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Flashcards in Project Planning & Design 2 Deck (48)
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1

What is the difference between recycled and reclaimed material?

Recycling materials uses less energy than producing virgin (new) materials. Although many materials can be recycled, commonly recycled materials include: metals, glass, and plastic.

Reclaimed materials avoid the need for recycling. Instead, they are simply salvaged, cleaned up and used over again.

2

What site issues will be affected by the zoning code?

Building type (residential, commercial, industrial, etc.)

Allowable building heights.

Any required setbacks from property lines, rights-of-ways, streets and sidewalks.

3

When and why was the first zoning code introduced?

The need for zoning began with the growth of our cities in the late 19th and early 20th Centuries when it quickly became clear that cities like New York would soon have streets with limited access to light and air.

The first modern zoning code was introduced in New Your City in 1916. As the buildings grew taller and taller, the lack of access to sunlight and air threatened the surrounding property values. While earlier covenants and restrictions had been used for residential development, zoning addresses all land development.

4

Identify four purposes for the development of a zoning code.

- Protect local residents from undesirable types of business.

- Protect the access to direct sunlight and fresh air.

- Protect the amount of open space for local residents.

- Ensure incompatible types of building uses do not disturb residents (ie: putting a loud factory next to a quiet library).

5

What is "non-conforming use" and when would this term apply?

Any good zoning code must also allow for buildings that may have been permitted or allowed when built, but now no longer comply with the current zoning regulations. This is called a "non-conforming use" and is often described as a building being "grandfathered in."

An example of this would be an industrial factory building built in 1920, but today is in an area marked for residential or commercial zoning. In this case, the factory could be able to continue operating in that location.

6

Describe a "conditional use permit."

If you wish to build or use a building for a purpose not granted in the zoning code, you can apply for a "conditional use permit." This grants you the ability to use the building for your proposed use, even though the zoning code normally would not allow it.

This use is typically granted with certain restrictions and may not be transferable to a new owner.

7

How does a variance affect the zoning code applicable to a particular site?

Since, by its very nature, a zoning code places general requirements over an entire area, the unique needs for each individual property sometimes requires an exception called a "variance."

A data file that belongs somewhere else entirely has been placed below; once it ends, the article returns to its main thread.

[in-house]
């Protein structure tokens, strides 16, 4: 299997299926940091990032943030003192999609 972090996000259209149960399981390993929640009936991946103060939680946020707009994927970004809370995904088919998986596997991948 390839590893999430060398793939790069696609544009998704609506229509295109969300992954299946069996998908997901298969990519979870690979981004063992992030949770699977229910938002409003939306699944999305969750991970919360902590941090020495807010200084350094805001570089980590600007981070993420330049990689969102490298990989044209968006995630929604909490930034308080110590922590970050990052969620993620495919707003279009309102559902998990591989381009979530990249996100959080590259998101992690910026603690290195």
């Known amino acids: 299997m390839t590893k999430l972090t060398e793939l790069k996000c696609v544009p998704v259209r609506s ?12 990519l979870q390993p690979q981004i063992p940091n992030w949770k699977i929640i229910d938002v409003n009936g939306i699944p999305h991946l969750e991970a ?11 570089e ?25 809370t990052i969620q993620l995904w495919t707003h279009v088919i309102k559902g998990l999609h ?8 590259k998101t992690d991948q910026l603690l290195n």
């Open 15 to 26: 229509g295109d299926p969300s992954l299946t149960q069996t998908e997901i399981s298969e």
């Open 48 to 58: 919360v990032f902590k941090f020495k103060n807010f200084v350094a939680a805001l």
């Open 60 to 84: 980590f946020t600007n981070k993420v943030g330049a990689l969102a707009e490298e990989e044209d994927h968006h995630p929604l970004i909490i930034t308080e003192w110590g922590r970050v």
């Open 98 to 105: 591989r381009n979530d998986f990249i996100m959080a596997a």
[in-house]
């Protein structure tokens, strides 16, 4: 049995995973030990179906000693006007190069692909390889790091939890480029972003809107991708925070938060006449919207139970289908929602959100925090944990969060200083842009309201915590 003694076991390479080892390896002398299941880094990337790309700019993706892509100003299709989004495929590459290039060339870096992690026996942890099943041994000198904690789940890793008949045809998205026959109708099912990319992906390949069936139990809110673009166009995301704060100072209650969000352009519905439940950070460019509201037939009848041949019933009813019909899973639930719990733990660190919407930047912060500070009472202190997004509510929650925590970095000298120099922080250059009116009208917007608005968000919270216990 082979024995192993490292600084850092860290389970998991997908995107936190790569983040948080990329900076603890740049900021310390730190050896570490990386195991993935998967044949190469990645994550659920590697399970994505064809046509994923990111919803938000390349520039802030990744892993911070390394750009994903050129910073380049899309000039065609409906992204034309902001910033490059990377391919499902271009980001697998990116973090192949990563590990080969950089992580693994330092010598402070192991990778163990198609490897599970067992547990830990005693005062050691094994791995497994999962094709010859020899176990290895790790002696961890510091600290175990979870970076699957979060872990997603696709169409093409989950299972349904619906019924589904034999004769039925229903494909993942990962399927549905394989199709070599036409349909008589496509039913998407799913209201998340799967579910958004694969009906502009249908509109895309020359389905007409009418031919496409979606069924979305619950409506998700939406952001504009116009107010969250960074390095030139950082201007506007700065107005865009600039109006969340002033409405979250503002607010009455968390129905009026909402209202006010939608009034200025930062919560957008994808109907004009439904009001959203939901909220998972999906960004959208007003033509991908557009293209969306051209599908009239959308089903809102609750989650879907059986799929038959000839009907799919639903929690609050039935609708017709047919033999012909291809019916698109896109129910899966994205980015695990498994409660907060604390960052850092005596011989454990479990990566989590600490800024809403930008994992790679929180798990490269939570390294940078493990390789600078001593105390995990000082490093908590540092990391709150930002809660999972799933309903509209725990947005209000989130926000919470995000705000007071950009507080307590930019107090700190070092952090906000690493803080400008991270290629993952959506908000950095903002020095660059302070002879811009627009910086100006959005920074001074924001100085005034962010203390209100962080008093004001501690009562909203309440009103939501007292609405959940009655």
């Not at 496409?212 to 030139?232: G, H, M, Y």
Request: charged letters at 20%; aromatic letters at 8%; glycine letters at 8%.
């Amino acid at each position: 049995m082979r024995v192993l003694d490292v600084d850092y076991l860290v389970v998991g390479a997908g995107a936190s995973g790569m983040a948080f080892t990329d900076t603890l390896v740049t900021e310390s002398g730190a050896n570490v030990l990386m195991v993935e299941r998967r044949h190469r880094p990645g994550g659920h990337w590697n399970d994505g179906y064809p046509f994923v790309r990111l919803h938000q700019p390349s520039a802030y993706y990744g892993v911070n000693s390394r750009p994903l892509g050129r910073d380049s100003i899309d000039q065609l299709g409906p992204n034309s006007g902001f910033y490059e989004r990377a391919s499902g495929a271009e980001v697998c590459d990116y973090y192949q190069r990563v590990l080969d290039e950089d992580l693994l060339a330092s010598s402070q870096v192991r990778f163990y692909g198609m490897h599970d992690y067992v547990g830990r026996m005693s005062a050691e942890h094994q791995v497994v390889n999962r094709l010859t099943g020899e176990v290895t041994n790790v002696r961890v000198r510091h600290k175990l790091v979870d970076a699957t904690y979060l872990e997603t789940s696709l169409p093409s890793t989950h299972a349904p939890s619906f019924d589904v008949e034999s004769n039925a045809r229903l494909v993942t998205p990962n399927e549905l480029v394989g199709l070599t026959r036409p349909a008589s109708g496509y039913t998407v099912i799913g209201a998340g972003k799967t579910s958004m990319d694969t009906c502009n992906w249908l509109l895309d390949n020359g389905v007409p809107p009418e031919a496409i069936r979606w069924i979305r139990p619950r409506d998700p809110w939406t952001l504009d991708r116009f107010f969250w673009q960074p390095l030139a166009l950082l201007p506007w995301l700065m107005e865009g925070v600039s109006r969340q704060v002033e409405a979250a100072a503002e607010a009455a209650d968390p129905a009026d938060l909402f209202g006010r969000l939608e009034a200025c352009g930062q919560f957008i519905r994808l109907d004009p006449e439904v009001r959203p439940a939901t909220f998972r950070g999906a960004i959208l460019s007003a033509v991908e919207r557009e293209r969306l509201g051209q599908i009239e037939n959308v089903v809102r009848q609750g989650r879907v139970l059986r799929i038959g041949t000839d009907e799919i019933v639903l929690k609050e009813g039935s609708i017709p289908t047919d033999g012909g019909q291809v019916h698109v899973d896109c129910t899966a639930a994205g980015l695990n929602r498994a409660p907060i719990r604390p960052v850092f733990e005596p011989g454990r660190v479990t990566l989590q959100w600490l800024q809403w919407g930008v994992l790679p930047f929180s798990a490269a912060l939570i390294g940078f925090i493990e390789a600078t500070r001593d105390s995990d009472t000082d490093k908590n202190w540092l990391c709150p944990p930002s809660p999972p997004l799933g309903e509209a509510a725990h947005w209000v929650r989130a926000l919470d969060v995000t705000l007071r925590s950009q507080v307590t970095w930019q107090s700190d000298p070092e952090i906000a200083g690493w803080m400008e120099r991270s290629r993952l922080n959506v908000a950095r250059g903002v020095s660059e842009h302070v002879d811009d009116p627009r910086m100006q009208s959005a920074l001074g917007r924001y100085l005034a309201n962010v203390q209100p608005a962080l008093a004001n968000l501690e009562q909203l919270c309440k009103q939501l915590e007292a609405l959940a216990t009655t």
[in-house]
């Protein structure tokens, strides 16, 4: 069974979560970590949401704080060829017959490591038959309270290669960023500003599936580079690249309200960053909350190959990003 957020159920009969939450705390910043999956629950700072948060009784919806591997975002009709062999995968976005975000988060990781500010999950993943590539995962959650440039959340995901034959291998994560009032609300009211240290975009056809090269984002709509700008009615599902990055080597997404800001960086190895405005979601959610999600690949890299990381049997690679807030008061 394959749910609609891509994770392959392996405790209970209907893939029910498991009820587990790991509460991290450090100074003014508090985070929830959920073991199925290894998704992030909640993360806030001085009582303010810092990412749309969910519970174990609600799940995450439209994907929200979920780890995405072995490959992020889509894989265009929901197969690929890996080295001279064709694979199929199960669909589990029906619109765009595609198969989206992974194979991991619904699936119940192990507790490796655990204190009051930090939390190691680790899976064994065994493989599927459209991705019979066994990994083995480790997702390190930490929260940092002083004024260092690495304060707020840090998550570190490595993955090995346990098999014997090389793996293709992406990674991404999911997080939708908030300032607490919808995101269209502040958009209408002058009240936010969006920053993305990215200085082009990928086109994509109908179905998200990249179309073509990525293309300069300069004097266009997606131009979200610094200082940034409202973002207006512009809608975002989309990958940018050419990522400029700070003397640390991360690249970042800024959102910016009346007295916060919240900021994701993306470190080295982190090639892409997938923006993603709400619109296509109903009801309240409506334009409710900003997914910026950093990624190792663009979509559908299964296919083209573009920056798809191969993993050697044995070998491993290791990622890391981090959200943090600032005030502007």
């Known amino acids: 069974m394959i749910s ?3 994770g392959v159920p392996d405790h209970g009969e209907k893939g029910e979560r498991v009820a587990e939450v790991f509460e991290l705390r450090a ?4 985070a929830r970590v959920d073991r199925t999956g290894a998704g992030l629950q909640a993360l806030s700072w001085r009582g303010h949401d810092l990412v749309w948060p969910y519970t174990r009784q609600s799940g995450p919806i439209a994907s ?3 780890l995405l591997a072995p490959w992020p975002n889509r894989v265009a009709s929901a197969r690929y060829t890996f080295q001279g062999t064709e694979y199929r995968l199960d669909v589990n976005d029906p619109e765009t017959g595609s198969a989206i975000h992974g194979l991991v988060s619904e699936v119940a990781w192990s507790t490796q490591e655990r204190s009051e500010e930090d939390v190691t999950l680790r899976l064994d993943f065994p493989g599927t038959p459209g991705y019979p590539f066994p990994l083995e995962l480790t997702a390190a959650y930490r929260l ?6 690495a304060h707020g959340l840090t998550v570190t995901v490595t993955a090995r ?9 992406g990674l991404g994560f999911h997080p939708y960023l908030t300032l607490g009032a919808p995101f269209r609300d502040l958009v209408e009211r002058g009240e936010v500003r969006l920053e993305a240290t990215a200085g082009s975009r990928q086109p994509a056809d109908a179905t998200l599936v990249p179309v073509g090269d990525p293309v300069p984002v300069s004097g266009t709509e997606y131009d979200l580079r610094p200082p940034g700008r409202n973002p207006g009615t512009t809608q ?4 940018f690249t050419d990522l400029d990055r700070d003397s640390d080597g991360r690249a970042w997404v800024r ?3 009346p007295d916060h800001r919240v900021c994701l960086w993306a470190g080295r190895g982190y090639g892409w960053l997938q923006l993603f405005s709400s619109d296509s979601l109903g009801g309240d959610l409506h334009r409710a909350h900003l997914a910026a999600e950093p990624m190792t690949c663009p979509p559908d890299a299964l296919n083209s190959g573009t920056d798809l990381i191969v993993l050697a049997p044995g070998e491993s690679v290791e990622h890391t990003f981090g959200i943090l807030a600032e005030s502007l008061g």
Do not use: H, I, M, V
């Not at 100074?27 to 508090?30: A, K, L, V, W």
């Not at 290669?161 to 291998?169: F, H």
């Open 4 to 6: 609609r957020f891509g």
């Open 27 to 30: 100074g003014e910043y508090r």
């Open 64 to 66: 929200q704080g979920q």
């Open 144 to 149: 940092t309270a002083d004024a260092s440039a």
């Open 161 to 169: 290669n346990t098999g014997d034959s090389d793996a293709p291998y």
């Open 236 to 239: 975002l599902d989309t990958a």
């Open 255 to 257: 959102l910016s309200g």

A variance is a request to break from some of the requirements of zoning (maximum height, minimum setbacks, etc.), because complying with these requirements would create financial hardship or practical construction challenges.

For example, the local zoning code requires your building to be no more than 30 feet in height, but your property is on a steeply sloping street and needs additional height to work. In this case, you could apply for a variance to exceed the height limitation. Variance requests are often overheard by a Zoning Board or Planning Commission.

8

What is the main intent and purpose of building codes?

In the broadest sense, building codes are design to protect the health, safety and welfare of the occupants.

As such, codes are set requirements for life safety issues such as: fire protection (sprinklers, fireproofing) or egress requirements (hallway width, stairwell layout, etc.).

9

Name five items the building department will review for during the plan check process.

- Construction standards of care (nailing patterns, connections);
- Structural and seismic requirements (shear walls, bolting, lateral forces);
- Hurricane requirements (impact strength, roof shingle attachment);
- Accessibility Guidelines (wheelchair ramps, handrails);
- Safety (guardrails, stair nosing);
- Health standards (ventilation, fresh air needs);
- Sanitation requirements (pipe locations and size, water supply);
- Assembly (room location and sizes);
- Electrical (wiring safety, outlet locations, circuit breakers);
- Fireplace requirements (smoke dampers, ventilation requirements, glass doors)
- Energy efficiency requirements (minimum insulation, window sizes, orientation)
- Water efficiency requirements (low flow toilets, plumbing flow rates);
- Egress and exiting requirements (exit signage, hallway length & width);
- Fire protection (sprinklers, smoke/fire dampers, standpipes)

10

What US city has adopted and uses its own building code?

The City of Chicago remains the only municipality in the US that continues to use a building code they developed on their own (Municipal Code of Chicago).

11

What are four standardized national codes used to create the building codes adopted by municipalities?

1) Uniform Building Code (UBC)
2) Building Officials Code Administrators (BOCA)
3) International Conference of Building Officials (ICBO)
4) Southern Building Code Congress International (SBCCI)